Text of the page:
keep reading at The Guardian. on a local one of the 38, see “Meehan is out after this year.”

Pennsylvania Congressional Redraw

by Amanda Holt, 25 Jan 2018. [Amanda Holt was the hero of the redistricting controversy after the 2010 census, and in the first legal challenge the PA Supreme Court specifically cited her proposal as proof that the General Assembly could have done better to respect the PA constitution in redistricting the PA Senate and House. Now comes the next round: US Congress. Her proposal below puts all of Delaware County in district 7 but splits Chester County between the 6th (with all of Berks County) and 16th (with all of Lancaster County, thus fairly close to the current boundaries). Theoretically Chester County, which comprises about 5/7 of the population of one district, could be entirely in the 6th with a slice of Berks or Lancaster; but certainly being split between 2 districts is better than 3, and combining with one other county is better than with 3. If legislators say they don’t have time to complete their map by the Feb. 9 deadline, all the Court will need to do is refer them to the map that Amanda produced in a few days. The power of the motivated citizen!]

6 years ago today, the Pennsylvania Supreme Court declared the State Senate and House districts were unconstitutional based on the evidence presented in my case. Just 2 days ago, this same court declared another legislative map unconstitutional — the map configuring congressional districts.

The court order gives the main point of their decision: Section 16 of the Pennsylvania Constitution (which protects county, municipal, and ward boundaries when forming districts) also applies to congressional districts.

What would it look like if a congressional map did not divide any municipalities? I asked myself this question and came up with the following answer.

These districts would afford equal representation through impartially drawn districts, unlike the ones currently in place.

keep reading Amanda Holt for explanation of the constitutional advantages of her proposal. For background search Amanda Holt in our site’s right sidebar and see especially “Allentown woman shows Harrisburg how to make a legislative map” by Amy Worden, Philadelphia Inquirer, February 27, 2012.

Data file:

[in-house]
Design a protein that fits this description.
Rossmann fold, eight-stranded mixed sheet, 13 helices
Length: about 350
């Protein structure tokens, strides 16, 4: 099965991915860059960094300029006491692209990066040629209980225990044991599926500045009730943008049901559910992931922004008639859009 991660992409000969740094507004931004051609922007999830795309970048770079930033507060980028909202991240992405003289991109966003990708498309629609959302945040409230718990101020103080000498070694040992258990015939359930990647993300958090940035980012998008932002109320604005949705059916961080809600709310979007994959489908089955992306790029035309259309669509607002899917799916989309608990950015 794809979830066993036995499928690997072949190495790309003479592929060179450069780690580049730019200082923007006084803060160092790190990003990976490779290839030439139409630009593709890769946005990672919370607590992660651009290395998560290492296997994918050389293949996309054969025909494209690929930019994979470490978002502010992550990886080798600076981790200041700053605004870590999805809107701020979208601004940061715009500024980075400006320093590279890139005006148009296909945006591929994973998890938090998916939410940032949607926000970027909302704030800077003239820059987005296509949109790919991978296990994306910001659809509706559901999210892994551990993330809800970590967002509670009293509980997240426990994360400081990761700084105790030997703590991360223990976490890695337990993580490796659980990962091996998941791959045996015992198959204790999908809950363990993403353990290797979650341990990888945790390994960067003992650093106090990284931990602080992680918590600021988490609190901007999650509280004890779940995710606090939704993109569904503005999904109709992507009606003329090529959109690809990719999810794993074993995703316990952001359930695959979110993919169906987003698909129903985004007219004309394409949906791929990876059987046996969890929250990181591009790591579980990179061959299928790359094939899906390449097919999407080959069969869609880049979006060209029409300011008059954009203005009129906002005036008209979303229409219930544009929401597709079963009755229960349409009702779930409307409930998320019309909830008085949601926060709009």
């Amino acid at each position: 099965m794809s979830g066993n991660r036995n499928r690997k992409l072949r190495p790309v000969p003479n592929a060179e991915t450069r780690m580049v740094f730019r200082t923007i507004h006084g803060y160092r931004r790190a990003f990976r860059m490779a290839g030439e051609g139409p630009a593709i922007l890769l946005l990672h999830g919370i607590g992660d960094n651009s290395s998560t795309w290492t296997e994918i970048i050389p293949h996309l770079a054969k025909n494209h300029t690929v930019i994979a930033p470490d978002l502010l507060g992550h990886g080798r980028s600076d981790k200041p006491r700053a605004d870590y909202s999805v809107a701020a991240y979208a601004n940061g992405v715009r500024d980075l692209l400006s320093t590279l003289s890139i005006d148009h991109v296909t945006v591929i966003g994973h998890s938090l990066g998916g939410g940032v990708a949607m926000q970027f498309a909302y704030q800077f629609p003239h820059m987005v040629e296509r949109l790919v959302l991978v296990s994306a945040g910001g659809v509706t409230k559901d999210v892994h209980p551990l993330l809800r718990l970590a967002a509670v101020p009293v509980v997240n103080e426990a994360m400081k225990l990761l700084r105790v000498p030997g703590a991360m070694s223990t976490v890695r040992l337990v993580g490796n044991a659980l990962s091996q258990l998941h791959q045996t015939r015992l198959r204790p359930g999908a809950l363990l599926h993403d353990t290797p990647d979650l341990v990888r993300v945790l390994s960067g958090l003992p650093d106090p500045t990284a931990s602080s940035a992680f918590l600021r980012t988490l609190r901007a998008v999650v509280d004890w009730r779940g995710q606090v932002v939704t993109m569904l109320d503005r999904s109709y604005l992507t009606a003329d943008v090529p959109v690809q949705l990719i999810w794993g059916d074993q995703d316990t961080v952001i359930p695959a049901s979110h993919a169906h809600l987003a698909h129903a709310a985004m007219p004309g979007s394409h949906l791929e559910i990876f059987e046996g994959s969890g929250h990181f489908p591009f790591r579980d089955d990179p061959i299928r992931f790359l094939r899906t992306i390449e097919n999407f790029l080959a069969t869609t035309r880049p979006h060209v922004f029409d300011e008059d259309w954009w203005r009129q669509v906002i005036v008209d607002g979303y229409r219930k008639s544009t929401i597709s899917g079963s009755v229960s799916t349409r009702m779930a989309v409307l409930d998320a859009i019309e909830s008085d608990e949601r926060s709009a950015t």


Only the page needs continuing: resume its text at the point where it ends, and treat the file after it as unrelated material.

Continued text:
Yes, women are stepping up!

In Chester County’s 3 congressional districts, 5 women are running for the nomination in the May 15 Dem primary (also 5 men, so that’s nicely balanced) in the largest state that has NOT A SINGLE WOMAN in its congressional delegation. Wouldn’t it be nice if the count stood at 9 women and 9 men before long? (Also 3 women and 3 men are running for Lieutenant Governor.)

Now the national press has featured women candidates including Chester County’s Chrissy Houlahan, running in PA-06, in this excerpt from “A Year Ago, They Marched. Now a Record Number of Women Are Running for Office,” by Charlotte Alter, Time magazine, 1/18/18 (Chrissy is shown 2nd from left, 2nd from bottom):

…Like all political transformations, this one sprang from dozens of small private choices. For years, the hardest thing about getting women elected has been getting women to decide to run. But sometime over the past year, while lying awake at night or comforting a crying friend or in hushed conversations with their spouse, each of these women came to the same conclusion. They could no longer pin their hopes on icons like Hillary Clinton or Elizabeth Warren to represent half the American population. Instead, they would step up and do it themselves. “I always thought this was for other people, and I was not qualified,” says Chrissy Houlahan, an Air Force veteran and business executive who is running to represent Pennsylvania’s Sixth Congressional District, where the incumbent Republican won by 14 points in 2016 but Clinton won narrowly. “There was this wake-up call of, Why not me?”

See also New York Magazine, 1/22/18 issue: “The Other Women’s March on Washington: What’s the fastest way to fix a broken system? Take it over, say the record number of female candidates running for office in 2018 for the first time” by Rebecca Traister, The Cut, 1/19/18.